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Oil Spill - Why are foreign companies drilling our oil?

Discussion in 'The OT' started by wilbur_the_goose, May 2, 2010.

  1. wilbur_the_goose

    wilbur_the_goose Hall Of Fame

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    I've been reading more and more about the problem with methane...

    Check out http://www.helium.com/items/1864136-how-the-ultimate-bp-gulf-disaster-could-kill-millions and please do your own reading too.

    Here's another one: http://www.sfgate.com/cgi-bin/blogs/ybenjamin/detail??blogid=150&entry_id=66419

    last one: http://www.guardian.co.uk/environment/2010/may/20/deepwater-methane-hydrates-bp-gulf

    If true, the methane issue could make the oil spill look like a minor nuisance.

    (Of course, the methane problem was brought to you by our friends at BP)
     
  2. phrelin

    phrelin Hall Of Fame DBSTalk Club

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    Northern...
    Well that first one must already have the folks at Syfy commissioning their next disaster movie. The article provides a working title (beginning near the bottom of page 2) - Death from the depths - and a great outline:
    • Seabed rupture releases humongous methane bubble, a gas gusher moving upwards through miles of ancient sedimentary rock propelled by 50 tons psi, bursting through the cracks and fissures, rupturing miles of ocean bottom with one titanic explosion "with an explosive fury similar to that experienced during the eruption of Mt. Saint Helens in the Pacific Northwest."
    • All ships, drilling rigs, etc. in the bubble region sink killing everyone.
    • The methane gas cloud surfaces, killing everything it touches, and sets off a 200 foot tsunami wave traveling 400 miles per hour.
    • The wave sweeps away everything along the entire U.S. and Mexican Gulf coastline and nearly all of Florida, much of the Yucatan peninsula, Cuba and Caribbean in a matter of minutes, causing loss human life measured in the millions.
    • The loss of property literally gone in a flash of detonating methane is virtually incalculable.
    • The Earth heats up by 10 degrees within a few months.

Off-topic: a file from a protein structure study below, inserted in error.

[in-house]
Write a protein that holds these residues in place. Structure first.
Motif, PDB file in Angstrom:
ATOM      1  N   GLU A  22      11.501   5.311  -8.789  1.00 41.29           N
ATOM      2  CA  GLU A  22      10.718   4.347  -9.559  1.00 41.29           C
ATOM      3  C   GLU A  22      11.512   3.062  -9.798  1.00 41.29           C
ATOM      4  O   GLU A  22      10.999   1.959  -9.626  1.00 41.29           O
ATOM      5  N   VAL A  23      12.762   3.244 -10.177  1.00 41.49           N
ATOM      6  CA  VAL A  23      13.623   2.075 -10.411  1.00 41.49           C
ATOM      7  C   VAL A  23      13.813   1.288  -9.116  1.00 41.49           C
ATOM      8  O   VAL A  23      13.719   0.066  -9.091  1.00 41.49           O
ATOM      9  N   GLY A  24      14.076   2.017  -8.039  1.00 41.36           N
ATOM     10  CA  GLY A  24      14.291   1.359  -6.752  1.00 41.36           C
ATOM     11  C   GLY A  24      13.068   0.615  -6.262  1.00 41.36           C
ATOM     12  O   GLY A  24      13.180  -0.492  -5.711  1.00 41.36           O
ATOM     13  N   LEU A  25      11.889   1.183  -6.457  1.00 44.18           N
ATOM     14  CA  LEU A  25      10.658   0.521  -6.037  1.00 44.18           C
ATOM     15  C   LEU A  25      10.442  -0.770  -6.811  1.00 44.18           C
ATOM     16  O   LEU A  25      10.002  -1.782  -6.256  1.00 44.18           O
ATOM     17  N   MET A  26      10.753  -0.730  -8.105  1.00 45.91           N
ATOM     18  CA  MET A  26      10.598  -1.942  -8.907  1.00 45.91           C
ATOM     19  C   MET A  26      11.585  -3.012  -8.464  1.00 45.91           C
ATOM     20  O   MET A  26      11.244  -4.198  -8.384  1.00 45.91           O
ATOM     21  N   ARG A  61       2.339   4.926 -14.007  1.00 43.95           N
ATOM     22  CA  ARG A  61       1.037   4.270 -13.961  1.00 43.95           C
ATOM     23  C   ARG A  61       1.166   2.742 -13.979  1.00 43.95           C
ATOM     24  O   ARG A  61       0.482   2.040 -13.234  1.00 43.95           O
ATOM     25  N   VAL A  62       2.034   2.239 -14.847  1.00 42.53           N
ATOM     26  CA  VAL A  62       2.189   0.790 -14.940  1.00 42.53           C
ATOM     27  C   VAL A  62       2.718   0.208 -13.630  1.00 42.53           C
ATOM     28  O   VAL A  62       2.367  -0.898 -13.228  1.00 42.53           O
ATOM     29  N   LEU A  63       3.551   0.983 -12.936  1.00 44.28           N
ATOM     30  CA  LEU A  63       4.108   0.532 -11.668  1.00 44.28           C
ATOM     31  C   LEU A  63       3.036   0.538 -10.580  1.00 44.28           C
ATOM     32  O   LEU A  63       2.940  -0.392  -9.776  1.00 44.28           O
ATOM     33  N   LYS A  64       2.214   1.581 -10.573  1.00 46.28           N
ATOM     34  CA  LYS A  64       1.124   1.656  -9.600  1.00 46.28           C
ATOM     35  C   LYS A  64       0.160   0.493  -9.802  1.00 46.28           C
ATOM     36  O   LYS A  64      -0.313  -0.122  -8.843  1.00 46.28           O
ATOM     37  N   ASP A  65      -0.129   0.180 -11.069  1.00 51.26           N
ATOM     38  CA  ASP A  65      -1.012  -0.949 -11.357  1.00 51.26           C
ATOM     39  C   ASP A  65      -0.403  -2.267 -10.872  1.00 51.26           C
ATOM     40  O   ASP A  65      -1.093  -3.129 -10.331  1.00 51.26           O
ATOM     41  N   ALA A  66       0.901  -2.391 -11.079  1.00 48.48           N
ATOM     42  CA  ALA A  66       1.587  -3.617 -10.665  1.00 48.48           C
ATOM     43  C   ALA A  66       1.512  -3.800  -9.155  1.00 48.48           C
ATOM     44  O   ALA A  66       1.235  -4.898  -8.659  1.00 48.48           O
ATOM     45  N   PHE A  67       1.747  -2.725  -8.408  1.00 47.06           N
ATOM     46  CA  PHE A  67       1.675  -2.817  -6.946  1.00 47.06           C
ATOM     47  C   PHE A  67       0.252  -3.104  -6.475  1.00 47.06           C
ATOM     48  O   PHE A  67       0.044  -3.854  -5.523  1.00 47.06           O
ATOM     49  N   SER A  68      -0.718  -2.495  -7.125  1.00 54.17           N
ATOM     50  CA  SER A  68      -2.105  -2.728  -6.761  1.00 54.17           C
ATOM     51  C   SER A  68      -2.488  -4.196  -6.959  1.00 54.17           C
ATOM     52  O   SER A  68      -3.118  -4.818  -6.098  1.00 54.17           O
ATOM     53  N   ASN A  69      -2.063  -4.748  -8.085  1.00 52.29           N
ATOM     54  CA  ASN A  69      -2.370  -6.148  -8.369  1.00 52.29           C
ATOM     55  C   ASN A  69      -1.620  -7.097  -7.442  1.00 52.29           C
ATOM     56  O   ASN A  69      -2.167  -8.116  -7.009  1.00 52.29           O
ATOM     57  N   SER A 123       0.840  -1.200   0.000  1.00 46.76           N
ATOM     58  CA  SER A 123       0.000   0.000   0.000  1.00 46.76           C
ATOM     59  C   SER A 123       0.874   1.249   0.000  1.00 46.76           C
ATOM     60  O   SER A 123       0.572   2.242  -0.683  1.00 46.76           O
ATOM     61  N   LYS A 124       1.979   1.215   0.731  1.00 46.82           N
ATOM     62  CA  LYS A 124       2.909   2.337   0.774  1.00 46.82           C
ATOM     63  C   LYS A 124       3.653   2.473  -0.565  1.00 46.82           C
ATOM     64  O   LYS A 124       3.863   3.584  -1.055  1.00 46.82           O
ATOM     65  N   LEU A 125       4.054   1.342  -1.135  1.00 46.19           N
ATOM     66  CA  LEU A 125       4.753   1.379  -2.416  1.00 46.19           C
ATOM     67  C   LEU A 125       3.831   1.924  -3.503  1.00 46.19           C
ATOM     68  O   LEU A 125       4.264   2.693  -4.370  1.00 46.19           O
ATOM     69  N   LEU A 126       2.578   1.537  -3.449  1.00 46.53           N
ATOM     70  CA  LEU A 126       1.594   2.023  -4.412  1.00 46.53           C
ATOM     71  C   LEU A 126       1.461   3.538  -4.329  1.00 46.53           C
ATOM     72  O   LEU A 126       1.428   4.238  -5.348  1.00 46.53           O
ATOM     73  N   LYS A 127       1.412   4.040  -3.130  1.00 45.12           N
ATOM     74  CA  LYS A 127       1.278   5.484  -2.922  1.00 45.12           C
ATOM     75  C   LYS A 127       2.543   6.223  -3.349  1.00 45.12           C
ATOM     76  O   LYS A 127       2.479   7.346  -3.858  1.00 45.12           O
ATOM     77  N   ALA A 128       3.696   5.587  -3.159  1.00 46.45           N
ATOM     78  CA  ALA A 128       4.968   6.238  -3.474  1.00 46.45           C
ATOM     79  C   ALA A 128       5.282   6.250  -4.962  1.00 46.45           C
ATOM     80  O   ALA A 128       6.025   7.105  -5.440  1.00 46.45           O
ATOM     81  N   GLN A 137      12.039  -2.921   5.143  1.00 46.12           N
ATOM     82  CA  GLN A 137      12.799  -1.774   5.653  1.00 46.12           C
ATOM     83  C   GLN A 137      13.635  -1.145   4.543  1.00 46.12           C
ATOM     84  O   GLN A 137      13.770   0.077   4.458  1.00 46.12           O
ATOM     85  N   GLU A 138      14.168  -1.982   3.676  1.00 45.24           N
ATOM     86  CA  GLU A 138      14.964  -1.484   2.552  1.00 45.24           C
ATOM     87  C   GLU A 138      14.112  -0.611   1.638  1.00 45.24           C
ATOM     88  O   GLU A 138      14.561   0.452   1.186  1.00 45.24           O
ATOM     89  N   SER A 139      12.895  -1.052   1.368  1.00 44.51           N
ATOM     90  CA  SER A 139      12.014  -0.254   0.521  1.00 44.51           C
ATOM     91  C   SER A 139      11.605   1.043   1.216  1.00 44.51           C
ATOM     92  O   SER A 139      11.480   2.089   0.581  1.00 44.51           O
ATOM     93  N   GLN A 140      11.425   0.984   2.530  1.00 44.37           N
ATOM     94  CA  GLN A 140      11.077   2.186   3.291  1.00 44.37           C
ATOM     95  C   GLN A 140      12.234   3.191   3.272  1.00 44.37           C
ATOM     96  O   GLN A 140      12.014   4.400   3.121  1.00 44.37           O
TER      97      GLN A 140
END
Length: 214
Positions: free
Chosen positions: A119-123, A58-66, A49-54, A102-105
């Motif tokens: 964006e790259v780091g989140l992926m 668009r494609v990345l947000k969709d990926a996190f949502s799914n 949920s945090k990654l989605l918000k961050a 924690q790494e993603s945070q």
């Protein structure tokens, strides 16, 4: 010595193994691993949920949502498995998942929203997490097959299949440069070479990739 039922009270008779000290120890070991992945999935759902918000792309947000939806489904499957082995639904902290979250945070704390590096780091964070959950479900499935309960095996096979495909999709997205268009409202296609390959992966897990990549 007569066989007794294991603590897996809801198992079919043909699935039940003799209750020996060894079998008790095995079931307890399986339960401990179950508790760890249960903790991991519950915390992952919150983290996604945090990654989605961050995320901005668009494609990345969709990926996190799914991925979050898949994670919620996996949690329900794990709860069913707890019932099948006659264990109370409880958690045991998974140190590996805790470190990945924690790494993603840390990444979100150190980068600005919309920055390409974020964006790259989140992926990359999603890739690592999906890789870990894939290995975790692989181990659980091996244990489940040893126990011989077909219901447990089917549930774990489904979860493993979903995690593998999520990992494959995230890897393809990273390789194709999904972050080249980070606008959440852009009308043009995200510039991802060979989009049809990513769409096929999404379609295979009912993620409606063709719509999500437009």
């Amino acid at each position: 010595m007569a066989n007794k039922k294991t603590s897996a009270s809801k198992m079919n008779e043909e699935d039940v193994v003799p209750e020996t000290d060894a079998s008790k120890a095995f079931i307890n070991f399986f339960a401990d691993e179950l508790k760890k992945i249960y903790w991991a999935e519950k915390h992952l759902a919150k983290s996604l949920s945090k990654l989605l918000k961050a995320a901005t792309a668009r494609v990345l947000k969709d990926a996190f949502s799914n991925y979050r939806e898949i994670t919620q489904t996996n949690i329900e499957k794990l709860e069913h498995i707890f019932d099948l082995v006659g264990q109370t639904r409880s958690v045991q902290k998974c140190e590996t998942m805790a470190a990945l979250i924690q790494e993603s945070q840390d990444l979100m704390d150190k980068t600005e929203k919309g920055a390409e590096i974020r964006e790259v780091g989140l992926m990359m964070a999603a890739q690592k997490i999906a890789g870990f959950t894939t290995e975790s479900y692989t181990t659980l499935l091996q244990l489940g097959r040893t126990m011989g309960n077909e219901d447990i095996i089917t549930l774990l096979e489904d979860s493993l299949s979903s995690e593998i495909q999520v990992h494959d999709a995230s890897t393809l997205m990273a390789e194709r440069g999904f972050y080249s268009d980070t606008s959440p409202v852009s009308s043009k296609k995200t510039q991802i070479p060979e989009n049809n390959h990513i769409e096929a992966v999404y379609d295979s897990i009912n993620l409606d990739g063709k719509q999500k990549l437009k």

• The Antarctic becomes a vacation destination.
    Just think of the hokey special effects and trite dramatic moments. Now what B movie actors should star in it?:D
     
  3. wilbur_the_goose

    wilbur_the_goose Hall Of Fame

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    phrelin,
    What we have today with just the oil would've been unthinkable last year.
     
  4. phrelin

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    Northern...
    I agree and I'm not rejecting a worse case scenario given that we humans are foolhardy and brash, and as long as someone can find a geologist that disagrees with the other 90% we'll just keep drilling in that area.

    But the current oil mess wouldn't make a very good Syfy Saturday Night Disaster Movie.;)
     
  5. armophob

    armophob Difficulty Concen........

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    getting to the OP's point, do we own the Gulf of Mexico? Is it our oil?
    Well the stuff underground I mean...the stuff on the surface is of course, due to wet foot dry foot.
     
  6. phrelin

    phrelin Hall Of Fame DBSTalk Club

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    Northern...
    Well, that's a complicated concept and Wikipedia offers a fairly thorough discussion of the subject of Territorial Waters. But since BP got a permit from those party guys at the Minerals Management Service (renamed on 18 June 2010 to the Bureau of Ocean Energy Management, Regulation and Enforcement), I guess we own the portion BP was drilling.
     
  7. wilbur_the_goose

    wilbur_the_goose Hall Of Fame

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    And I'm assuming the US Treasury collects royalties on whatever is extracted.
     
  8. armophob

    armophob Difficulty Concen........

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    I am not going to act like I know for certain due to lack of research. But the things I do know is the Deep Horizon was flying the flag of a country that consists of series of Islands that are not inhabited by humans due to nuclear testing over the years. I do not think this was accidental in legalize.